.comment-link {margin-left:.6em;}

21st Century Lesbian Trailer Trash

These are the mad musings of a middle aged woman, dyke, nurse, poet. I have a dog, a cat, a mobile home, and delusions of grandeur.

Location: California, United States

Sunday, March 19, 2006

Pardon Me?

I was tempted to title this post BITE ME! But then I decided to show a little restraint toward those who believe that this is a wonderful gesture on the part of Alabama.

Oliver Willis directed me to this CNN.com news snippet:

'Rosa Parks Act' would bring pardons
State mulls bill to absolve those arrested under segregation laws
Thursday, March 16, 2006; Posted: 4:35 p.m. EST (21:35 GMT)

MONTGOMERY, Alabama (AP) -- Alabama lawmakers are considering pardoning hundreds, possibly thousands, of people who were arrested decades ago for violating Alabama's segregation laws.

The idea of a mass pardon gained traction after the death last year of civil rights icon Rosa Parks, who had refused to give up her bus seat to a white man half a century earlier.

Even though the law allowing segregated seating on city buses was eventually overturned, Parks' conviction is still on the record, said Rep. Thad McClammy.

So here's the way I see it. People were stripped of their rights, of their dignity, and of their humanity. When they fought back, they were charged with crimes. Then, 50 years later, we decide it was all a mistake. "We take it back," they say. "It's all in the past. Let's just forget it."

No. It's not just in the past and it's not forgotten. I remember watching people being mauled by dogs and drenched with fire hoses on my grandmother's little black and white TV. And later, I remember Detroit burning to the ground.

The only medal that those brave people in Alabama got was a criminal record. Their own personal badges of courage. And now Alabama will strip that from them.

Of course people want to be pardoned. The vast majority of those folks were law abiding Americans who never were before or since in trouble with the law. But in return, they ought to be given medals identifying them as American Heroes. Something to show their grandchildren and great grandchildren that they played an important role in American history.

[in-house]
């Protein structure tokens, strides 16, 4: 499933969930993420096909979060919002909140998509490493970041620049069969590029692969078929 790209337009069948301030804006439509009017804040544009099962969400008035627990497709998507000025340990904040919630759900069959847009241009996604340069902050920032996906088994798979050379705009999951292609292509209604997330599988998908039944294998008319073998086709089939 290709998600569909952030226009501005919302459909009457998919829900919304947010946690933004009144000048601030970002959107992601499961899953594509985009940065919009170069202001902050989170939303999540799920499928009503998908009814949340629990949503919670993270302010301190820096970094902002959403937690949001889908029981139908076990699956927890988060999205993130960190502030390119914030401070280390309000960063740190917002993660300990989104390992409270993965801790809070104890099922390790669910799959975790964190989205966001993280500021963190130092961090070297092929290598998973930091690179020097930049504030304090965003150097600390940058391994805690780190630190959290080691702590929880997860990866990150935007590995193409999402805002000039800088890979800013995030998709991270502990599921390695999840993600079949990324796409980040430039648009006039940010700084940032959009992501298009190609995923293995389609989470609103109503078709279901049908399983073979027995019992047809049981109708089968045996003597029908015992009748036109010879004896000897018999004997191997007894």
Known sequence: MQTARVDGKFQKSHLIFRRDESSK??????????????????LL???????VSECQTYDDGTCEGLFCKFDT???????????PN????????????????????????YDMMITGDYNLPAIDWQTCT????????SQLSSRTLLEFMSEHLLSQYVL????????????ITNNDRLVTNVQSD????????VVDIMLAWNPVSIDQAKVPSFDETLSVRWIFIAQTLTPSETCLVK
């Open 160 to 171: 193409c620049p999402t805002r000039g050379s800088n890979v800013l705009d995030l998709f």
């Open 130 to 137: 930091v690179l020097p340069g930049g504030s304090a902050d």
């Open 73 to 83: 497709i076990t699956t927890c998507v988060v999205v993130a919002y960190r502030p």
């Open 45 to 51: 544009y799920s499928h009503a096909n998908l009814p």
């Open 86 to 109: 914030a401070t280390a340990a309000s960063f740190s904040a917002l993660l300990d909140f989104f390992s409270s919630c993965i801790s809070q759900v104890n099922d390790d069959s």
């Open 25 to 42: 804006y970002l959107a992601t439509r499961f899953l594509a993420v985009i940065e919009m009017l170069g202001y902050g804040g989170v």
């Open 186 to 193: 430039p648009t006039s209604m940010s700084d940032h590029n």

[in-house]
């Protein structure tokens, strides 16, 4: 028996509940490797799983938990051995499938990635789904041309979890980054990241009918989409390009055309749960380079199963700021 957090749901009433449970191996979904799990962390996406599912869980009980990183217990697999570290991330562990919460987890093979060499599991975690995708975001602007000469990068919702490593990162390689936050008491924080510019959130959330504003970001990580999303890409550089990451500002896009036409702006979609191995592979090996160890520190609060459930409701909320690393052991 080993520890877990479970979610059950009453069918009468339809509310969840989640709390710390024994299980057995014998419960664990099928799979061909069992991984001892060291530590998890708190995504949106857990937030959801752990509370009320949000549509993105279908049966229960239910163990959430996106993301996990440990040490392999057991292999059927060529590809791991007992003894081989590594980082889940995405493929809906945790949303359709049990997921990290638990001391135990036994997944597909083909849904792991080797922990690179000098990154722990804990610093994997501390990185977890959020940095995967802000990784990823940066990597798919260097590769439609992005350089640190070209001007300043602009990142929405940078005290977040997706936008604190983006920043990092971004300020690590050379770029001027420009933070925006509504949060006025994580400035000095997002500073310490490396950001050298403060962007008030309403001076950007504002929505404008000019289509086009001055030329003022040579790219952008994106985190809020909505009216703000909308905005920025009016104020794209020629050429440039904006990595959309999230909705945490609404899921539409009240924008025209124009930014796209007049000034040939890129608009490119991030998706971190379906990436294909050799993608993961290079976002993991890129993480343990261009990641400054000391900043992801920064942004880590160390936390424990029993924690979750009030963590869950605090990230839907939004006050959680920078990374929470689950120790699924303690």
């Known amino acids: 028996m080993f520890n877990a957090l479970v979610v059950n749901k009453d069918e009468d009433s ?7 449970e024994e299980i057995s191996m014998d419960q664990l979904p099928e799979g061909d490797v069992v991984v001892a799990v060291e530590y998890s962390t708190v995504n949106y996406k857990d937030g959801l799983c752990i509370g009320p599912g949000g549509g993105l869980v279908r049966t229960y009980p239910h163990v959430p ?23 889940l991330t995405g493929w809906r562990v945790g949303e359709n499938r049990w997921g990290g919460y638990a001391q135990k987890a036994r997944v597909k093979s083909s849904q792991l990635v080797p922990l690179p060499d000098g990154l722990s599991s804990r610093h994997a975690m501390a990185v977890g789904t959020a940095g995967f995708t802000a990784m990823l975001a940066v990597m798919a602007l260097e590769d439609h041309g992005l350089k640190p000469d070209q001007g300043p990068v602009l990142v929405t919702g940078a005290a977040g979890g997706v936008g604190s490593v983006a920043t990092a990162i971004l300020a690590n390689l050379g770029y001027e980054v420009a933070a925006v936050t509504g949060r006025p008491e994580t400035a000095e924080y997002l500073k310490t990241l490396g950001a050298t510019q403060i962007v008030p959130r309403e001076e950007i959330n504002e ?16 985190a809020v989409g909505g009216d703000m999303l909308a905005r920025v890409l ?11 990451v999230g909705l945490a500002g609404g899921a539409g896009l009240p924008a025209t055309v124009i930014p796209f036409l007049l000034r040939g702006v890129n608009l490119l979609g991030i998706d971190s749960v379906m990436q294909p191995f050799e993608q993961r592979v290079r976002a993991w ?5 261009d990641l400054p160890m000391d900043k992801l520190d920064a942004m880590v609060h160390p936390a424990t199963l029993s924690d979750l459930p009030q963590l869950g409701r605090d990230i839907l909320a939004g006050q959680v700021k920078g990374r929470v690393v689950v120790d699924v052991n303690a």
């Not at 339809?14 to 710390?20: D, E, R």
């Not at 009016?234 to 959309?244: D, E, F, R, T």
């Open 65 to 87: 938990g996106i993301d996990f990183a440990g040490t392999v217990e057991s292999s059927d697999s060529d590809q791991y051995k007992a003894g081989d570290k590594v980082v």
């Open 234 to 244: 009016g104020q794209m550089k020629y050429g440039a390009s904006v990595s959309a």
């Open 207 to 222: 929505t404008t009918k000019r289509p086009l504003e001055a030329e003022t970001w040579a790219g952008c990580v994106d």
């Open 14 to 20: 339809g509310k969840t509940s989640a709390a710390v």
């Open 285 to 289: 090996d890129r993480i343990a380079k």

Kinja, the weblog guide


Blogger ~ nellenelle said...

Interesting post. Susannah North Martin (as you know, an ancestor) was pardoned by the Massachusetts legislature in June 2002, 310 years after her death.

Here we have this tragic death, a death brought on by the wild rantings of the citizenry, rooted in the fact she made no secret of her attraction to women, who took no grief from men, and who owned property. She is an inspiration to me, 12th generation.

I'm not sure how I feel about the exoneration, and you have given me something to contemplate.

12:51 PM PST  
Blogger Frank_D said...

I don't see why,in asking for more, you decry what you have received. If all these people deserve their pardons, and more, should they be as spireful as you sound (I refer only to the tone of your post), and say, in effect, "I don't want your e - stinkin' pardons! I want a medal!"
The pardons seem doable, and represent an honest effort on the part of Alabama legislators. Thank goodness.

11:13 AM PST  
Blogger NursePam said...

Did you mean spiteful Frank? I love how you are so good at misreading people's tone and intentions. It must be frustrating for you.

Of course it's a step. I just do not happen to believe that people ought to think it will fix the problem or erase the past.

7:22 AM PST  

Post a Comment

Links to this post:

Create a Link

<< Home

casino poker chips
real clay poker chips